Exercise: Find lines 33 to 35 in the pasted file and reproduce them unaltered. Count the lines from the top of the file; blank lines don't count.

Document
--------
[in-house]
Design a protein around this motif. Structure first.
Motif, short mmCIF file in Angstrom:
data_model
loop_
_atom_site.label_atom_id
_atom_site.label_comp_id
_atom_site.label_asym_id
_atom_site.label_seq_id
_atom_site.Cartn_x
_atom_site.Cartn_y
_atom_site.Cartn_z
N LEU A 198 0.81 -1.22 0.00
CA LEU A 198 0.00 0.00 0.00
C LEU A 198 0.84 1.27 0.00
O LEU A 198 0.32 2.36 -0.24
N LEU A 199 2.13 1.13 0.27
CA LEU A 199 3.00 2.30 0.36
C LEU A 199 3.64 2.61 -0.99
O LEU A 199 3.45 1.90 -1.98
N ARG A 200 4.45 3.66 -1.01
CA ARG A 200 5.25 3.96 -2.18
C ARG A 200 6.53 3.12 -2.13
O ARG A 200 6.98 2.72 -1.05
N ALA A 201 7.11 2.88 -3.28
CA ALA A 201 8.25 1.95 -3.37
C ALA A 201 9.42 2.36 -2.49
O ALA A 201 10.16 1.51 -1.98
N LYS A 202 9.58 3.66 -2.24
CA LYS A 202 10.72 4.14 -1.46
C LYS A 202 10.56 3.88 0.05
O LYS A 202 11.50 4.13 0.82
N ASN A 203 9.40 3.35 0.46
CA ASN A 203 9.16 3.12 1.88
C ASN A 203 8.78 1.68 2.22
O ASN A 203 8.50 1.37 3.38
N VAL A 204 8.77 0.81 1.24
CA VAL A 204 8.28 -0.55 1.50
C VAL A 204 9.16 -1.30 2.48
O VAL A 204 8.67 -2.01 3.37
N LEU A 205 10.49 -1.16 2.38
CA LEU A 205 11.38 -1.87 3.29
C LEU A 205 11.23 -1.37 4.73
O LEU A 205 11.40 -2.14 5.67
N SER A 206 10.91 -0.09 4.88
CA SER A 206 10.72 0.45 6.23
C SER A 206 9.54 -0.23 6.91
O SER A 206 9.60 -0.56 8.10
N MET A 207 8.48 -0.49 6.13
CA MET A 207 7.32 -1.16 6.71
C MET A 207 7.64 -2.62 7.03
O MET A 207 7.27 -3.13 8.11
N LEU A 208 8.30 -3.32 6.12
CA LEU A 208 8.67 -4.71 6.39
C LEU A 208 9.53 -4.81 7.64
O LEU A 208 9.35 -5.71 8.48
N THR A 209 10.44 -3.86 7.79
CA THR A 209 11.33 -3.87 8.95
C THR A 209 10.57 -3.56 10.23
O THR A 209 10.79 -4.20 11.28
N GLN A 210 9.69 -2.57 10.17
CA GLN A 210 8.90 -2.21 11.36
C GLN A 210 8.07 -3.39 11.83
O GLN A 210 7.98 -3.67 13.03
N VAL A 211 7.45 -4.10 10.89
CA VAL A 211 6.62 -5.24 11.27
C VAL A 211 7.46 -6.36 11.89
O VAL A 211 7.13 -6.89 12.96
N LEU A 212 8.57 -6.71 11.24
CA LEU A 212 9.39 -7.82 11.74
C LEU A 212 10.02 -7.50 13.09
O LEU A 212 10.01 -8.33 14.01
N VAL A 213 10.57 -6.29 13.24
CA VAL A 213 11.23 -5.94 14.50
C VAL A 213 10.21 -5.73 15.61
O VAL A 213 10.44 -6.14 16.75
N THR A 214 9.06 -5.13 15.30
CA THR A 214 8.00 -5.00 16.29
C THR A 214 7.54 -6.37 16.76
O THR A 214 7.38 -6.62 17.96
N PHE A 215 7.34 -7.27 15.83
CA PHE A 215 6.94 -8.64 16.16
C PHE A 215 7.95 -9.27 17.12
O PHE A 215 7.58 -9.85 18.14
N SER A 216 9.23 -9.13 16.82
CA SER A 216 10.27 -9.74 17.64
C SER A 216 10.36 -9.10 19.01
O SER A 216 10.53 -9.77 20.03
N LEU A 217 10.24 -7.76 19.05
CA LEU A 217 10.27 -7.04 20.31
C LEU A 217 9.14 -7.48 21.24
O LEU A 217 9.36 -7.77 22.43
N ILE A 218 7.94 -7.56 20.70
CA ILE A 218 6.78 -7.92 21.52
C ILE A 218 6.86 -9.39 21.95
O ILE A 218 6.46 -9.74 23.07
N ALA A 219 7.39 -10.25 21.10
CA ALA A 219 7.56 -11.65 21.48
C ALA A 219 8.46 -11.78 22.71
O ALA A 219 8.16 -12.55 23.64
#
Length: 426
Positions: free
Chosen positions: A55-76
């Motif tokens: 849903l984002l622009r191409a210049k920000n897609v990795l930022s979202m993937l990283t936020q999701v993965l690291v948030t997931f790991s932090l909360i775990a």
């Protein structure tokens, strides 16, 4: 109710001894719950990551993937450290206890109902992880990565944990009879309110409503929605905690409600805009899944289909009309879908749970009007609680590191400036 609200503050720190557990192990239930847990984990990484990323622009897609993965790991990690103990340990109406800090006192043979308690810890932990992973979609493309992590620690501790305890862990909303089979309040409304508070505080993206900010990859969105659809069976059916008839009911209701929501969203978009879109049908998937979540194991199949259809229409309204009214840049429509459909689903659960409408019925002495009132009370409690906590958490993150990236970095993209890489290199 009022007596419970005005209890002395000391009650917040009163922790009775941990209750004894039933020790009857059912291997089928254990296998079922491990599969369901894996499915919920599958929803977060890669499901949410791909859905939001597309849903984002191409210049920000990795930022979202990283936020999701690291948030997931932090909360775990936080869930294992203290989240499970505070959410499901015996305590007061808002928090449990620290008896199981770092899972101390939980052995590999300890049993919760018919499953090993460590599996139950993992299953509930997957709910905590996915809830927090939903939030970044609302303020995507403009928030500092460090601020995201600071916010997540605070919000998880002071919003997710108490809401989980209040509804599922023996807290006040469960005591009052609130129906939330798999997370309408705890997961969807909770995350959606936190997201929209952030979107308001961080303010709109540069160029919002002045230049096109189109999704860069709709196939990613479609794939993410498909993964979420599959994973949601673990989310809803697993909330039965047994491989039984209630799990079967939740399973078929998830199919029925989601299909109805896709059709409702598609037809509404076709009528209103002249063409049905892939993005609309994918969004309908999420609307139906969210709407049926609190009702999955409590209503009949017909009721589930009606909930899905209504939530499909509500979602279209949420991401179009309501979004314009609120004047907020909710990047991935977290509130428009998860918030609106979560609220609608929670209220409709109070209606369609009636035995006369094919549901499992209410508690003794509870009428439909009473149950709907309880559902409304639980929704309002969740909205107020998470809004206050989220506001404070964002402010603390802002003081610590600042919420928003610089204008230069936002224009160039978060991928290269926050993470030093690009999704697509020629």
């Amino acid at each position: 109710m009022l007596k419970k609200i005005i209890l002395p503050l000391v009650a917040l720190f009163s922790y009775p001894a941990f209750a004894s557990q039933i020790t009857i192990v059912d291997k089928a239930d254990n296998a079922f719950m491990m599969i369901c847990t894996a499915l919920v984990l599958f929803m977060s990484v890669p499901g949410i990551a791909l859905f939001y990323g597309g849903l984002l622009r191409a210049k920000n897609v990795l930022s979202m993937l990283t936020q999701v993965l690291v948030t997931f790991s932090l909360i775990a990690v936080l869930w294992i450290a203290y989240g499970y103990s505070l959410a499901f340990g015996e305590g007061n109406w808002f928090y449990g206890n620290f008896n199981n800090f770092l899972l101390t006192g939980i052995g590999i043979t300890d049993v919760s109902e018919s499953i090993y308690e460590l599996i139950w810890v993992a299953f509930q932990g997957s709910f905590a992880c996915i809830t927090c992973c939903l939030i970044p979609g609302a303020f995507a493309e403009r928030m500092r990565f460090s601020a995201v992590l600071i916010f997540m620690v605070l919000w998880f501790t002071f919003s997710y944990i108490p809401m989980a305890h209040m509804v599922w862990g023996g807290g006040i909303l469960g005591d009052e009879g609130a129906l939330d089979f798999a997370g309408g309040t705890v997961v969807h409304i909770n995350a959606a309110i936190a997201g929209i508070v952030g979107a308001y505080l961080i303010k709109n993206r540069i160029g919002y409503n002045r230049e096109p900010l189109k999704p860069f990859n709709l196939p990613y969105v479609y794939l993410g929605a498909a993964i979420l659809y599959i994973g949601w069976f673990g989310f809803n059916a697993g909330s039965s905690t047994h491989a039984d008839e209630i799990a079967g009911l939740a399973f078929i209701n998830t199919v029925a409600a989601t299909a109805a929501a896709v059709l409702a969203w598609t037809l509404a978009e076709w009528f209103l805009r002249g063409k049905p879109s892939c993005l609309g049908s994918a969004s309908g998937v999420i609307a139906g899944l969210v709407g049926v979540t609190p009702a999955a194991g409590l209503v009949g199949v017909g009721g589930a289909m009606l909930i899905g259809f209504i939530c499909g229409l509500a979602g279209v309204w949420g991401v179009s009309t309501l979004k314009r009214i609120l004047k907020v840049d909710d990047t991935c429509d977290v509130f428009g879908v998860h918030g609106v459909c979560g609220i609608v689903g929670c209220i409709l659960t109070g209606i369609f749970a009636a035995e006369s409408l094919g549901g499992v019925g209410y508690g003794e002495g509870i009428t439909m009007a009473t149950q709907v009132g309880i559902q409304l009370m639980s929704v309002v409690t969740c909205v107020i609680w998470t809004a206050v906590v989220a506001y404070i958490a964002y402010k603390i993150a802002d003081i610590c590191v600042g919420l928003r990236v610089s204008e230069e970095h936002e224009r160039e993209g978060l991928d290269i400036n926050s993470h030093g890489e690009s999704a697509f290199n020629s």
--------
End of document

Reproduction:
N ASN A 203 9.40 3.35 0.46
CA ASN A 203 9.16 3.12 1.88
C ASN A 203 8.78 1.68 2.22